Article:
The Biden administration can eliminate food insecurity in the United States – here’s how
by Craig Gundersen, Professor of Agricultural and Consumer Economics, University of Illinois at Urbana-Champaign
The United States has a robust food supply chain and a social safety net in place that could, if fully utilized, nearly eliminate hunger within its borders
The Biden administration faces many challenges, some of which may prove to be intractable. But in one key area affecting tens of millions of Americans, it is well-positioned to attain a truly monumental achievement – the near total elimination of food insecurity in the U.S.
This may at first glance seem a little far-fetched. After all, despite numerous efforts from the administration of John F. Kennedy through that of Donald Trump, the achievement of a hunger-free American has been elusive.
But as someone who has spent over 25 years investigating the causes and consequences of food insecurity, I know that this is a relatively straightforward problem to fix with the right political will. Importantly, the Biden administration has inherited a food ecosystem and social safety net that has the potential to make it possible with only a few relatively minor – albeit not inexpensive – changes to the system.
What is at stake could be transformative for millions of American families. By sharply reducing food insecurity – defined by the U.S. government as “the uncertainty of having, or unable to acquire, enough food due to insufficient money or other resources” – the Biden administration would be ensuring that all Americans have the right to food and tackle what is a leading indicator of well-being.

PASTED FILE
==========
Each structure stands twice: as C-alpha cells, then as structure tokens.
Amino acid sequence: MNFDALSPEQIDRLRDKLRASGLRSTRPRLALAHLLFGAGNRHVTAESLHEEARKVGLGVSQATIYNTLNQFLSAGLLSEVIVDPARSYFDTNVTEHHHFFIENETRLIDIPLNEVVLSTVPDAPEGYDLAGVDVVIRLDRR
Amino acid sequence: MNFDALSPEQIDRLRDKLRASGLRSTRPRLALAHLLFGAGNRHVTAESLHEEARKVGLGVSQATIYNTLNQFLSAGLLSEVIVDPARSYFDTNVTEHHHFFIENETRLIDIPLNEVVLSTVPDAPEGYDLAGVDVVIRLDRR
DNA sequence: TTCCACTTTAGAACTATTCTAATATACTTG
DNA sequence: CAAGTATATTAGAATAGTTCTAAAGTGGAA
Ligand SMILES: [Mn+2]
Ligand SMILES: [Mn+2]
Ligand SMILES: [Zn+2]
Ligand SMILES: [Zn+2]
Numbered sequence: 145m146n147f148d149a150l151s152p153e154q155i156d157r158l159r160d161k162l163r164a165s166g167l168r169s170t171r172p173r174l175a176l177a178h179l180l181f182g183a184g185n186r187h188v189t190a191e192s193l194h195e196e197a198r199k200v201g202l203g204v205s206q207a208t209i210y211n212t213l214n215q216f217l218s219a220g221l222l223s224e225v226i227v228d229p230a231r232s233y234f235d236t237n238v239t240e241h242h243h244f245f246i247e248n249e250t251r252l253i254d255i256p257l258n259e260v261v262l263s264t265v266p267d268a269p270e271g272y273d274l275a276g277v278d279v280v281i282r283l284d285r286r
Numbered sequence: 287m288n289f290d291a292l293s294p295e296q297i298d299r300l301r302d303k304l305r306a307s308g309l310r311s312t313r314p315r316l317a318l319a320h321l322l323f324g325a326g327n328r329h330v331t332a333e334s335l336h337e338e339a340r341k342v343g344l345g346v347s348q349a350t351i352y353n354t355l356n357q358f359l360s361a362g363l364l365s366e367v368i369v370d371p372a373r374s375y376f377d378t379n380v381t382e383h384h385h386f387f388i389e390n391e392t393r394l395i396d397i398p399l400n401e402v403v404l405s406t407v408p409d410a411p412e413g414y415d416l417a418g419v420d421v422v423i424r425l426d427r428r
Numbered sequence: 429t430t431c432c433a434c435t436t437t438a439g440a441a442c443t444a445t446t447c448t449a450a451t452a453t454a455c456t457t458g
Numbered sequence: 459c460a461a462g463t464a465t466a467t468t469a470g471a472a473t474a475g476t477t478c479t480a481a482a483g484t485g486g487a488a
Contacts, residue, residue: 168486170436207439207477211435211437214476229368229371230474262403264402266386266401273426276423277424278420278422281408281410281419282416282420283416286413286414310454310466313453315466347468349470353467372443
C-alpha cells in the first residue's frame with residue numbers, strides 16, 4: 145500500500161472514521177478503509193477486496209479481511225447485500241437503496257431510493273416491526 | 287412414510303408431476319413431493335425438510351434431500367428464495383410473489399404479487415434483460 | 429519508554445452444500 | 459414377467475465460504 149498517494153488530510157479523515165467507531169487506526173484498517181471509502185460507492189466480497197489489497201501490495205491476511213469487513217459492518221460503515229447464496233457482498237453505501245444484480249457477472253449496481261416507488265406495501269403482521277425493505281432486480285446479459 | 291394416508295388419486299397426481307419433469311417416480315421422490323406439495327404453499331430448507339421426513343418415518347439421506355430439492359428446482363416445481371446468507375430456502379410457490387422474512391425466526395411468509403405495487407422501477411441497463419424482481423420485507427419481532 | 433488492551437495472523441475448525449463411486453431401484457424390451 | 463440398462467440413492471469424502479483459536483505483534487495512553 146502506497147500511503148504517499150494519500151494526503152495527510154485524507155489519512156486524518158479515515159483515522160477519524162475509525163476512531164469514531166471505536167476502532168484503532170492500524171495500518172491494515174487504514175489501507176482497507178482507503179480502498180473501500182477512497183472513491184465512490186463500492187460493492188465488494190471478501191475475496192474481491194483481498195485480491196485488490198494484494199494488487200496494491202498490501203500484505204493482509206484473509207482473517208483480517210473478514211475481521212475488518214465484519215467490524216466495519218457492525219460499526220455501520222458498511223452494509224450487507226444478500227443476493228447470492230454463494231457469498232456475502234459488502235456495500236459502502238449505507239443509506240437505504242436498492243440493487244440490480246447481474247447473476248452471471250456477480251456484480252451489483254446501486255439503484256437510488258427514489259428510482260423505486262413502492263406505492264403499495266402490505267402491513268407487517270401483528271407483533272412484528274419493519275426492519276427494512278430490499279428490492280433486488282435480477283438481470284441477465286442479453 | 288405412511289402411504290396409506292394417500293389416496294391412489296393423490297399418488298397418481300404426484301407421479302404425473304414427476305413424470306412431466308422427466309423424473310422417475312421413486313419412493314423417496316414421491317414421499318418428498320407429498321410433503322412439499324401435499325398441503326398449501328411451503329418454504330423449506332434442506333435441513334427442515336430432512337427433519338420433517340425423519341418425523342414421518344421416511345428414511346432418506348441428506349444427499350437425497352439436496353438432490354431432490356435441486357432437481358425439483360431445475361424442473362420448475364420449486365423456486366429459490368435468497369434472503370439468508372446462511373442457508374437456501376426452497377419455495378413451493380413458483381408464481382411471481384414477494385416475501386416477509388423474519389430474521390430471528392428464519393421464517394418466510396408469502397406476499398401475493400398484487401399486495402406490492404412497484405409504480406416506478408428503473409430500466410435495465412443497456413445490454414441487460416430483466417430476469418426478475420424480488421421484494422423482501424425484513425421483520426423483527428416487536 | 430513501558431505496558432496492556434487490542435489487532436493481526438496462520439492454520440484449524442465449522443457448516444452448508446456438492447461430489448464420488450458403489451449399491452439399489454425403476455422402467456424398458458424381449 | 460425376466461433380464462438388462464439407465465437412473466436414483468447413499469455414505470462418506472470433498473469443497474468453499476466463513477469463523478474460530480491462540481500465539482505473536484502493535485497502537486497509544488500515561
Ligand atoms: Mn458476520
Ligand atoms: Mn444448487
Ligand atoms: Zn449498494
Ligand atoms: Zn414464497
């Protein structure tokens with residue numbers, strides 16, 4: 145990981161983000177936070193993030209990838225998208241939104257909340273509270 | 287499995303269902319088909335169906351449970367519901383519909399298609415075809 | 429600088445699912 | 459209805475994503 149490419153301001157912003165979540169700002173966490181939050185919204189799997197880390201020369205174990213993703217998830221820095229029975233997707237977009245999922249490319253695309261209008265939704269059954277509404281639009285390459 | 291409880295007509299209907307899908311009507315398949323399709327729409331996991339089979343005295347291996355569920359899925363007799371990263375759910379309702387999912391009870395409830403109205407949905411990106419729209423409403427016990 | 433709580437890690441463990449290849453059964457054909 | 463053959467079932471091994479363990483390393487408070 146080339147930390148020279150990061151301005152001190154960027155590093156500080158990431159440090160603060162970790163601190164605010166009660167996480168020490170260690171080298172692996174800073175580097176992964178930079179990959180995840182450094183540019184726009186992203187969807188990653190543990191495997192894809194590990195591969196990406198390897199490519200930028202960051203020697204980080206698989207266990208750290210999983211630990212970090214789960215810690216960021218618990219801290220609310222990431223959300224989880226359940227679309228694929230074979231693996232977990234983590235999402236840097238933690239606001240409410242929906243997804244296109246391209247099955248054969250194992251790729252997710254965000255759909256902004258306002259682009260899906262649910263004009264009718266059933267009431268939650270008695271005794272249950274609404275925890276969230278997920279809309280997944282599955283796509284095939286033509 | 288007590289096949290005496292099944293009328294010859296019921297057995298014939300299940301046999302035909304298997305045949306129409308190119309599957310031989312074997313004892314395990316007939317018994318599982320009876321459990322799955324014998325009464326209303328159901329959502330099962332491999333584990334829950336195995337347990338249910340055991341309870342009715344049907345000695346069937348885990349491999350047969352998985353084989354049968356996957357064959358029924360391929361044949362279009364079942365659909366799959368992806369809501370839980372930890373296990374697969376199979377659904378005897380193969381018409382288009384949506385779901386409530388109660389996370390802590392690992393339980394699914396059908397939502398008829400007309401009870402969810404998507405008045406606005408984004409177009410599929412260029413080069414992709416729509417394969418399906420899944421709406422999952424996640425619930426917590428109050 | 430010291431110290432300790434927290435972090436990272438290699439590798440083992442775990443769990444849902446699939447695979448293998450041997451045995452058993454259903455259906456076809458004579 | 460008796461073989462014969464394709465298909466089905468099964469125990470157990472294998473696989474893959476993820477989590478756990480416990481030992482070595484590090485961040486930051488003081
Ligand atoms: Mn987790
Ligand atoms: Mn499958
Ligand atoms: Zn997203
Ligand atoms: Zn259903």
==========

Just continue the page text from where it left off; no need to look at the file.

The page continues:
The extent of the problem is large – more than 35 million Americans lived in food-insecure households in 2019, with a higher number projected due to COVID-19.
Food insecurity increases the risk of many health issues, including diabetes, depression and poorer general health – all of which lead to dramatically higher health care costs.
But the extent of food insecurity and the consequences would be far higher were it not for two salient characteristics of the U.S. food economy, which could be leveraged to nearly eliminate food insecurity.
Agricultural supply chain
The United States has an agricultural supply chain that, I believe, serves as a model to the rest of the world. This manifests itself in the astounding variety of food that comes from farmers and food manufacturers from the U.S. and around the world on our supermarket shelves and in our restaurants. Some of this food is, of course, quite high-priced, and other items are not particularly nutritious. But America’s food retail outlets are generally filled with safe and nutritious food that is low-priced.
The existence of these readily accessible food stores across our country has led to substantially lower food insecurity rates than in countries with higher food prices such as the Netherlands, Denmark, South Korea and Taiwan.
During the pandemic, this agricultural supply chain remained intact as evidenced by food prices remaining low and our shelves full. In short, the nation doesn’t have to redesign its food system to alleviate food insecurity.
Supplemental Nutrition Assistance Program
The most critical component of the social safety net against food insecurity in the U.S. is the Supplemental Nutrition Assistance Program (SNAP), formerly known as the Food Stamp Program. For almost 60 years, this program has served tens of millions of Americans who have nowhere else to turn during their times of need.